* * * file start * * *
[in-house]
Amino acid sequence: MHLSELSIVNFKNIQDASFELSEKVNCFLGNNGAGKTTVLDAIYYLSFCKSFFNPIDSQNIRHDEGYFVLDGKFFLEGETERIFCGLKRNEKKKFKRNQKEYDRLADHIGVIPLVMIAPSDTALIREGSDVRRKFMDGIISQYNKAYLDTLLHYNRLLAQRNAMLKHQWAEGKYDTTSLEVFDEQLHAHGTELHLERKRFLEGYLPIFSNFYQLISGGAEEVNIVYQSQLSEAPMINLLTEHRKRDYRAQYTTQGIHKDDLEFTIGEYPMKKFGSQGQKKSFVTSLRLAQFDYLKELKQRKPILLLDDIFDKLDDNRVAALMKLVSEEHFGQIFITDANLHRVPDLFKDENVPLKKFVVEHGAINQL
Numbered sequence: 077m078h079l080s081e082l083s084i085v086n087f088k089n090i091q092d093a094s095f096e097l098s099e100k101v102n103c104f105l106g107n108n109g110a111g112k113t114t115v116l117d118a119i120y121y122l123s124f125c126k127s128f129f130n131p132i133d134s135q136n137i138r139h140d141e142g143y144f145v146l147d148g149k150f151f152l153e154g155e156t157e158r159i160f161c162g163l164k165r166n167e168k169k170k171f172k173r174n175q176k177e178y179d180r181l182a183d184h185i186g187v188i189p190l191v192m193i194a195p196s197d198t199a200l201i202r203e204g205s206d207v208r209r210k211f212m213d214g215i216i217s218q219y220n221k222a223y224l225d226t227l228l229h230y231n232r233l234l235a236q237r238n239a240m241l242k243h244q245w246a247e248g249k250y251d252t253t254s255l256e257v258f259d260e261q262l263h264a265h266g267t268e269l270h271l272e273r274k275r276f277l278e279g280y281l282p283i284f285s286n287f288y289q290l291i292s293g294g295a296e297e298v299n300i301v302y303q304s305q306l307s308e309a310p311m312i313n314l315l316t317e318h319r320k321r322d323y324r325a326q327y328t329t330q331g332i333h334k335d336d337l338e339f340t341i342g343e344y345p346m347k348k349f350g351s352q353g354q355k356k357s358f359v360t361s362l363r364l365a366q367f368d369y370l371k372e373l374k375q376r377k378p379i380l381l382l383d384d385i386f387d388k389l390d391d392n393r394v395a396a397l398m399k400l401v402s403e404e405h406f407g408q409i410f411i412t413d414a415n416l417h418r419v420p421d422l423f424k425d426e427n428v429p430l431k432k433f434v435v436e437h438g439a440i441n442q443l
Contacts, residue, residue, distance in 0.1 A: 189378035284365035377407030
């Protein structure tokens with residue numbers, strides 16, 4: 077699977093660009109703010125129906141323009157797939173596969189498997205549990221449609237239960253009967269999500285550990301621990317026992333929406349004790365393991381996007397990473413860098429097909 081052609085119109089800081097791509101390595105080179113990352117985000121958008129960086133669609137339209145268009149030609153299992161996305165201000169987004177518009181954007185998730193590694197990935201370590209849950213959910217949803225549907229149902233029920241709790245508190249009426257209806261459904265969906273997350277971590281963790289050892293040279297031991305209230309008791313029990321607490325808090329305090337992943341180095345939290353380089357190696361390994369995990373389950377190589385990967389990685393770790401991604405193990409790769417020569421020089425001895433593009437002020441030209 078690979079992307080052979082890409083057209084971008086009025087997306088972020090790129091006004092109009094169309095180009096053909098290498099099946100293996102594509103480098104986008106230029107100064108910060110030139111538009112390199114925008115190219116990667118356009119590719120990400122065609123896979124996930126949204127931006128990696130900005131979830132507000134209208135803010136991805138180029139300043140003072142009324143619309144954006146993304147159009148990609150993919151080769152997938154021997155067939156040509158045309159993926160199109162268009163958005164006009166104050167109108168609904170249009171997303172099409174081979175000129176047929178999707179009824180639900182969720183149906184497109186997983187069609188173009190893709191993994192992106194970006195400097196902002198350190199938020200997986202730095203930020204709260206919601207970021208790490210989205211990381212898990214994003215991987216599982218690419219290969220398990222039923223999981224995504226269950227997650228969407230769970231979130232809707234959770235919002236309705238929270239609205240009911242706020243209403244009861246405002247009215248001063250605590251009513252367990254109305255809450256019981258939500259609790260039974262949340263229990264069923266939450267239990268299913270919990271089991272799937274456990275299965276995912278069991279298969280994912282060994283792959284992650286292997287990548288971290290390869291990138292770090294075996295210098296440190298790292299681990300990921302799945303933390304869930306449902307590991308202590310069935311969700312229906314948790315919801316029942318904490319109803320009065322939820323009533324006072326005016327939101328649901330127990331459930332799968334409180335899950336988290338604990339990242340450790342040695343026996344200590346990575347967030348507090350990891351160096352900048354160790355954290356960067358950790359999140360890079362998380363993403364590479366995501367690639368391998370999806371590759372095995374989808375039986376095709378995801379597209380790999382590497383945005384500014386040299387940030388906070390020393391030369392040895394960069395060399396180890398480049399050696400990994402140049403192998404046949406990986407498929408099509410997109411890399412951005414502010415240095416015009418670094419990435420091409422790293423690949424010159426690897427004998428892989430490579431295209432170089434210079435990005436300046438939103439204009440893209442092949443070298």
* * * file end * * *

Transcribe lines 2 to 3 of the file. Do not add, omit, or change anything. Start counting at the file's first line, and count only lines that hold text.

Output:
Amino acid sequence: MHLSELSIVNFKNIQDASFELSEKVNCFLGNNGAGKTTVLDAIYYLSFCKSFFNPIDSQNIRHDEGYFVLDGKFFLEGETERIFCGLKRNEKKKFKRNQKEYDRLADHIGVIPLVMIAPSDTALIREGSDVRRKFMDGIISQYNKAYLDTLLHYNRLLAQRNAMLKHQWAEGKYDTTSLEVFDEQLHAHGTELHLERKRFLEGYLPIFSNFYQLISGGAEEVNIVYQSQLSEAPMINLLTEHRKRDYRAQYTTQGIHKDDLEFTIGEYPMKKFGSQGQKKSFVTSLRLAQFDYLKELKQRKPILLLDDIFDKLDDNRVAALMKLVSEEHFGQIFITDANLHRVPDLFKDENVPLKKFVVEHGAINQL
Numbered sequence: 077m078h079l080s081e082l083s084i085v086n087f088k089n090i091q092d093a094s095f096e097l098s099e100k101v102n103c104f105l106g107n108n109g110a111g112k113t114t115v116l117d118a119i120y121y122l123s124f125c126k127s128f129f130n131p132i133d134s135q136n137i138r139h140d141e142g143y144f145v146l147d148g149k150f151f152l153e154g155e156t157e158r159i160f161c162g163l164k165r166n167e168k169k170k171f172k173r174n175q176k177e178y179d180r181l182a183d184h185i186g187v188i189p190l191v192m193i194a195p196s197d198t199a200l201i202r203e204g205s206d207v208r209r210k211f212m213d214g215i216i217s218q219y220n221k222a223y224l225d226t227l228l229h230y231n232r233l234l235a236q237r238n239a240m241l242k243h244q245w246a247e248g249k250y251d252t253t254s255l256e257v258f259d260e261q262l263h264a265h266g267t268e269l270h271l272e273r274k275r276f277l278e279g280y281l282p283i284f285s286n287f288y289q290l291i292s293g294g295a296e297e298v299n300i301v302y303q304s305q306l307s308e309a310p311m312i313n314l315l316t317e318h319r320k321r322d323y324r325a326q327y328t329t330q331g332i333h334k335d336d337l338e339f340t341i342g343e344y345p346m347k348k349f350g351s352q353g354q355k356k357s358f359v360t361s362l363r364l365a366q367f368d369y370l371k372e373l374k375q376r377k378p379i380l381l382l383d384d385i386f387d388k389l390d391d392n393r394v395a396a397l398m399k400l401v402s403e404e405h406f407g408q409i410f411i412t413d414a415n416l417h418r419v420p421d422l423f424k425d426e427n428v429p430l431k432k433f434v435v436e437h438g439a440i441n442q443l